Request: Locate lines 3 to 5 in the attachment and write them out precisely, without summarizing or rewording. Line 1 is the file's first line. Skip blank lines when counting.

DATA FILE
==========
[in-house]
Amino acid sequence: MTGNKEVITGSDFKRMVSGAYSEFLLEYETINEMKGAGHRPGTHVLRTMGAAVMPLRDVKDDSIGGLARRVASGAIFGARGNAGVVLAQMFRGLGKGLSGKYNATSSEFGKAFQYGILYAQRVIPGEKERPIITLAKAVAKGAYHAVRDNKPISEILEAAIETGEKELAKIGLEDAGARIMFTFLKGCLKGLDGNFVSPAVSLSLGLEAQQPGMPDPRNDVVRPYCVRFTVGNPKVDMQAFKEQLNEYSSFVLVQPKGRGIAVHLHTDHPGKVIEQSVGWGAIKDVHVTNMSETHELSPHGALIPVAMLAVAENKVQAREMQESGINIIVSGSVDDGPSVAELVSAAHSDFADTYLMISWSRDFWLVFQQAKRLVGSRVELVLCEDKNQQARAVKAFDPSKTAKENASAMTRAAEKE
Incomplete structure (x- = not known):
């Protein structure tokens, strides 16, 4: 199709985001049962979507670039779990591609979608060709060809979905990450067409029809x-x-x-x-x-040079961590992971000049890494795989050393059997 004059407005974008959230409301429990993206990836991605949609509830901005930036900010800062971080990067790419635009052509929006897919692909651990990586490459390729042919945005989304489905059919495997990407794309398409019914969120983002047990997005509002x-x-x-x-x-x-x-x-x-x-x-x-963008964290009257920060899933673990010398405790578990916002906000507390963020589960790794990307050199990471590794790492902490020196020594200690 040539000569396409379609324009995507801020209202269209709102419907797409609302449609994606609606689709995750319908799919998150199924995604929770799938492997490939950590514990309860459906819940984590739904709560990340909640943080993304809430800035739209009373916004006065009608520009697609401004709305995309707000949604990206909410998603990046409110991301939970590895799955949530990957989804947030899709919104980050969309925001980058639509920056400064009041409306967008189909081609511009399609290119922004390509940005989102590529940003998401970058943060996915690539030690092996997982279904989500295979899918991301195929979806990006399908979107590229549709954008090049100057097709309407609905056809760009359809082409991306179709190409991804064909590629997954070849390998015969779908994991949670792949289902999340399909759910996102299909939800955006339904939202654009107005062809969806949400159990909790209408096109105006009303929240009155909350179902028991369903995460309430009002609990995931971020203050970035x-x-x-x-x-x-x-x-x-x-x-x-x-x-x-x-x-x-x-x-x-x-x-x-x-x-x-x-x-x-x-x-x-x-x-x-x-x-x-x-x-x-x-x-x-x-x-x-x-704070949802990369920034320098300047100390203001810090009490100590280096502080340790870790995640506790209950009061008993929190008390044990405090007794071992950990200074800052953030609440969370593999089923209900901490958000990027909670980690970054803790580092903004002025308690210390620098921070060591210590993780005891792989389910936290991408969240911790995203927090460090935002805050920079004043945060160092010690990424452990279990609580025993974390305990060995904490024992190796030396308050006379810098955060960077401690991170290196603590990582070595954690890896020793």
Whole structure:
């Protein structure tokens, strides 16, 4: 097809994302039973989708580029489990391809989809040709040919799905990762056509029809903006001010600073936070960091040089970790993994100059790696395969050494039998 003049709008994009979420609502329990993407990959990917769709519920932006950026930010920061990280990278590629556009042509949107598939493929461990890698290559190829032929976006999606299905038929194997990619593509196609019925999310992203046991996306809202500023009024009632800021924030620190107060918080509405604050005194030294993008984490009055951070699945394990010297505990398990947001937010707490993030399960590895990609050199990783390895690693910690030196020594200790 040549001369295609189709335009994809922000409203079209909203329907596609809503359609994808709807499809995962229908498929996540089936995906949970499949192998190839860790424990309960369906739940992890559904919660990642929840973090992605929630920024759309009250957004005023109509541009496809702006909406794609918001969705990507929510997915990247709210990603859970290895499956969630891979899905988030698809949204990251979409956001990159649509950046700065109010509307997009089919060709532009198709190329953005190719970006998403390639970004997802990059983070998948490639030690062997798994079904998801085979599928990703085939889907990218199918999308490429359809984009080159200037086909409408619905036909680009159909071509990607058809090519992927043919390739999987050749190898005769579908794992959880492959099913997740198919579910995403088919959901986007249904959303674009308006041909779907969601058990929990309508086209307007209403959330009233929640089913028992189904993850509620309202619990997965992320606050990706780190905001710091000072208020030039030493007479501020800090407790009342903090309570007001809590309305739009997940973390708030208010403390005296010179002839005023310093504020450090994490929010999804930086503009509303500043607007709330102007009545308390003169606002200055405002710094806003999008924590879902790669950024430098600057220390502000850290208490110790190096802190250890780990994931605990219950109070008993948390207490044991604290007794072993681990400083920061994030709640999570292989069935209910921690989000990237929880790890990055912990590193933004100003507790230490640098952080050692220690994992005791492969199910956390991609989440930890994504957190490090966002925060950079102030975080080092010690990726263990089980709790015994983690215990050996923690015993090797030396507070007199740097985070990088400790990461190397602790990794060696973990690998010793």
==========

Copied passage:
Incomplete structure (x- = not known):
């Protein structure tokens, strides 16, 4: 199709985001049962979507670039779990591609979608060709060809979905990450067409029809x-x-x-x-x-040079961590992971000049890494795989050393059997 004059407005974008959230409301429990993206990836991605949609509830901005930036900010800062971080990067790419635009052509929006897919692909651990990586490459390729042919945005989304489905059919495997990407794309398409019914969120983002047990997005509002x-x-x-x-x-x-x-x-x-x-x-x-963008964290009257920060899933673990010398405790578990916002906000507390963020589960790794990307050199990471590794790492902490020196020594200690 040539000569396409379609324009995507801020209202269209709102419907797409609302449609994606609606689709995750319908799919998150199924995604929770799938492997490939950590514990309860459906819940984590739904709560990340909640943080993304809430800035739209009373916004006065009608520009697609401004709305995309707000949604990206909410998603990046409110991301939970590895799955949530990957989804947030899709919104980050969309925001980058639509920056400064009041409306967008189909081609511009399609290119922004390509940005989102590529940003998401970058943060996915690539030690092996997982279904989500295979899918991301195929979806990006399908979107590229549709954008090049100057097709309407609905056809760009359809082409991306179709190409991804064909590629997954070849390998015969779908994991949670792949289902999340399909759910996102299909939800955006339904939202654009107005062809969806949400159990909790209408096109105006009303929240009155909350179902028991369903995460309430009002609990995931971020203050970035x-x-x-x-x-x-x-x-x-x-x-x-x-x-x-x-x-x-x-x-x-x-x-x-x-x-x-x-x-x-x-x-x-x-x-x-x-x-x-x-x-x-x-x-x-x-x-x-x-704070949802990369920034320098300047100390203001810090009490100590280096502080340790870790995640506790209950009061008993929190008390044990405090007794071992950990200074800052953030609440969370593999089923209900901490958000990027909670980690970054803790580092903004002025308690210390620098921070060591210590993780005891792989389910936290991408969240911790995203927090460090935002805050920079004043945060160092010690990424452990279990609580025993974390305990060995904490024992190796030396308050006379810098955060960077401690991170290196603590990582070595954690890896020793």
Whole structure: